To attract and retain the right talent to deliver on your organisational objectives and stand out from competitors, you need to be clear about what you offer your people and if you’re consistently delivering on that promise. That’s where Employee Value Proposition (EVP) comes in – EVP is an articulation of the offerings, experiences, and rewards that you provide your team in exchange for their skills, capabilities, and experience. In other words, your competitive edge.
It has never been more important for organisations to demonstrate what makes them stand out. The current talent market is tough - candidates and your current employees are assessing you just as much as you’re assessing them, and organisations are struggling to keep up with the inflating pay scales and post-pandemic expectations of employees. Attraction and retention is now a competitive sport so businesses have to be strategic, transparent, and play the long game.
Considering this pressure on the current talent market and shifts in the future of work, it’s crucial to take a look at your EVP to see how it’s performing, determine if it’s still fit-for-purpose, and develop a new or revised promotion plan.
Promoting your EVP
To get started, tap into the most powerful source of knowledge and the end users of your EVP, your people. Talk to them to understand what’s working well and where the gaps and opportunities are before jumping in to designing solutions. Once you have a handle on your current situation and have identified where your focus should be, move to the design phase and collaborate with stakeholders to come up with ways to effectively promote your EVP.
The solutions you design will differ for each organisation depending on what’s authentic to you, and remember the promotion of your EVP doesn’t stop when the attraction and recruitment process has finished. To get the creative juices flowing, here are some practical ideas we have come up with:
- Tell the story about what it’s like to work for you; use videos or social media posts to show the culture and EVP, run a campaign with interviews of the team talking about what it’s like to work for you, or include ‘here’s what we offer’ on your LinkedIn or website careers page. Here is an example of something we have done at Humankind.
- Review your recruitment ‘woo’ process; identify impactful experience points from recent recruits and make sure these are included in interviews going forward, offer an experience like a shadowing day instead of a traditional interview, share the story of what it’s like to work there and how the company started in interviews.
- Build capability to enable hiring managers or recruiters to effectively communicate and leverage your EVP in the recruitment and onboarding process.
- Review the language and imagery used in your external comms and advertisements. Is it aligned to who you are and the story you want to tell about your organisation?
- Regularly highlight and promote the benefits you have on offer. From employee discounts to wellbeing bonuses, don’t leave it your employees to take them up, actively encourage them to access their benefits and provide examples of how they can use them.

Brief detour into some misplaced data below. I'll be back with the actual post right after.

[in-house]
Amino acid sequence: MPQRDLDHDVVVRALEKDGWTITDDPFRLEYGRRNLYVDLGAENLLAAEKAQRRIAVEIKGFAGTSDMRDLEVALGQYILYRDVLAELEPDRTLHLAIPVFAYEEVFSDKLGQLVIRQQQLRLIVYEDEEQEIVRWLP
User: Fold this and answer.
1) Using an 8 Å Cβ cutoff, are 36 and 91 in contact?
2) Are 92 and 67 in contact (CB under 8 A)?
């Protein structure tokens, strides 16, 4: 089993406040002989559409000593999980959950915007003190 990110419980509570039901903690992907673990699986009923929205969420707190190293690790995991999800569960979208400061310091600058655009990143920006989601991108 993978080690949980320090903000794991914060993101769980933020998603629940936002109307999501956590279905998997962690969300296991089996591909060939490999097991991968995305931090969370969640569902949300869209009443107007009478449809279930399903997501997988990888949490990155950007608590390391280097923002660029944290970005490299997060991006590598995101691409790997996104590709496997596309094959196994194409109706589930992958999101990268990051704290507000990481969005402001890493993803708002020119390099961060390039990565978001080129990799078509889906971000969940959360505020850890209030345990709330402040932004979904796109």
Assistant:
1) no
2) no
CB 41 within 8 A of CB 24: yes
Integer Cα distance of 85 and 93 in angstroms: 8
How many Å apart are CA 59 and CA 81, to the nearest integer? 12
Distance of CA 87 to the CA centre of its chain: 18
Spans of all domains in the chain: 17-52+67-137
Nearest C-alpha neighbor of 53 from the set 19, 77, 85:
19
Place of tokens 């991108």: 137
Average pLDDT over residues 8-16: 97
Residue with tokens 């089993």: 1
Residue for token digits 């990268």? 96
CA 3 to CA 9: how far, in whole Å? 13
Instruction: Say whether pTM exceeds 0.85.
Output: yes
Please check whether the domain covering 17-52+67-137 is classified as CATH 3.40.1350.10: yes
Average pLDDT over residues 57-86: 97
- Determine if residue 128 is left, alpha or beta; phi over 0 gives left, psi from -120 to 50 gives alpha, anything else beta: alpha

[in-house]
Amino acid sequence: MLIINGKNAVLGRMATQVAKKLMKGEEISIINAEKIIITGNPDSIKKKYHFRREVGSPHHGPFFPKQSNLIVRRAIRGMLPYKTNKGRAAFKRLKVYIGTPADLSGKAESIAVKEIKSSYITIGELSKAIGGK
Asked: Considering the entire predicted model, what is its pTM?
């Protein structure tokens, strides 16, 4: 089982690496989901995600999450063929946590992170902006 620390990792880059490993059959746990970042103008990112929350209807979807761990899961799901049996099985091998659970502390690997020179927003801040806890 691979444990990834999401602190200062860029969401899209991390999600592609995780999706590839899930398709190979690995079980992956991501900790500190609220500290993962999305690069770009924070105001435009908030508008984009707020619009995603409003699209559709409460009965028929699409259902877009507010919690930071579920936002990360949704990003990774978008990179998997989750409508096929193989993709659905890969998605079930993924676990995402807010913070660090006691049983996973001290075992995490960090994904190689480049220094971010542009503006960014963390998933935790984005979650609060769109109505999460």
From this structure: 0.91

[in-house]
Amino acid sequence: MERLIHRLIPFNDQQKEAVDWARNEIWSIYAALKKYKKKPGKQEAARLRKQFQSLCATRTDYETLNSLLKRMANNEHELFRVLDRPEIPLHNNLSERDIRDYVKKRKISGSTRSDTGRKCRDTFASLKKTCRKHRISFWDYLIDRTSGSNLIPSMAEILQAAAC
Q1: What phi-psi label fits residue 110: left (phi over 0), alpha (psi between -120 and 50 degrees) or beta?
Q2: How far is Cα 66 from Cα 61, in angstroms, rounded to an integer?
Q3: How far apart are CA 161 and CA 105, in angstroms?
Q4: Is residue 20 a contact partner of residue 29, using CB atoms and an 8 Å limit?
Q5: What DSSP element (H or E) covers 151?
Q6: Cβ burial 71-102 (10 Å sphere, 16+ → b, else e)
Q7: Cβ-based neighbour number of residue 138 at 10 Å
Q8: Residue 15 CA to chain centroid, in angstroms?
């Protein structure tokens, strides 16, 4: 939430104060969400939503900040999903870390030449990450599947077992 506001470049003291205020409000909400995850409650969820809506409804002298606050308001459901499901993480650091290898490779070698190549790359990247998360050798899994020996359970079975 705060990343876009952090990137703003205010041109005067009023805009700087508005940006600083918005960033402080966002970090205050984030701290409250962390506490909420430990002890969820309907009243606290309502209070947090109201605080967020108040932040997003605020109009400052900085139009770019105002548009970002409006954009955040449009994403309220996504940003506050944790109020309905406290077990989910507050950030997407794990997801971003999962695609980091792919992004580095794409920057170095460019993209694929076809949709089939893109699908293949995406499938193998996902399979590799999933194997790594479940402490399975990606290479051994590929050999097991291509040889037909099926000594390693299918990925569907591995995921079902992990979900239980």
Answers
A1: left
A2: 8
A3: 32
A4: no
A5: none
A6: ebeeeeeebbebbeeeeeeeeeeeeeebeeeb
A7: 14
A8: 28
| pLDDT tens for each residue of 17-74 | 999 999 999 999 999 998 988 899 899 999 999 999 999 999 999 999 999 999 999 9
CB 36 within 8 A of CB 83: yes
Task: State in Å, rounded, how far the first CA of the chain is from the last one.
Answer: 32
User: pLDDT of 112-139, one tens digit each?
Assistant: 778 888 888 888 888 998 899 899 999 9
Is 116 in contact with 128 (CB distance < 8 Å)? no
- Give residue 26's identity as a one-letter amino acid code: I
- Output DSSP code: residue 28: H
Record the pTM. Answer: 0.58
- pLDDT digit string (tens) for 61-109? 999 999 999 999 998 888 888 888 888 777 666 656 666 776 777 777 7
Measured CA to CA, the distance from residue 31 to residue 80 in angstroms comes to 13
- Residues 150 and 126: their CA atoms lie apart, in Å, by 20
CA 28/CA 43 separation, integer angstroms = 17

- Utilise recognised holidays and change of seasons to celebrate with each other and promote what you have on offer i.e., coming into winter - free flu jab, coming back from summer holidays – buy leave policy, mental health awareness week – mental health and duvet days.
- Build your team leaders capability to support growth and development for their people, empower them to; recognise and maximise on-the-job learning opportunities, support access to formal training on offer, and encourage secondments and other growth opportunities that are available.
- Your remuneration review process doesn’t have to be just focussed on salary. Highlight and speak to the total package your people receive.
- Review what you need to further enable your flexible working practices. Are you clear about expectations, have you built in moments for connection into your practices, what are your ways of working for effective communication in the hybrid environment?
- Your culture comes from the values you nurture, build rituals to elevate and celebrate your core values, share stories of your employees living the values at your meetings, or hold an award ceremony to highlight outstanding achievements.
If you want a little more detail on how to best run an employee-centred design approach, then check out our previous Good Guide on Tips for Successful Co-Design.
Don’t get complacent
It’s easy to get complacent and assume your EVP is alive and well, but if your EVP is the ‘promise’, there is a need to ensure it continuously matches the ‘reality’ - your employee experience (EX).
The link between EVP and EX
Employee Value Proposition (EVP)
The promise: What an organisation offers that attracts people to work there and motivates them to stay.
Employee Experience (EX)
The reality: The perceptions employees have about their workplace.
You should be constantly talking to your people, listening to what’s important to them, and truly understanding their employee experience. Utilising tools such as Surveys and Stay Interviews are a couple of ways you can regularly remain connected to your employees and understand what’s unique to the experience you provide.
We’re happy to share our experiences in leveraging your EVP in a competitive talent market, so feel free to reach out!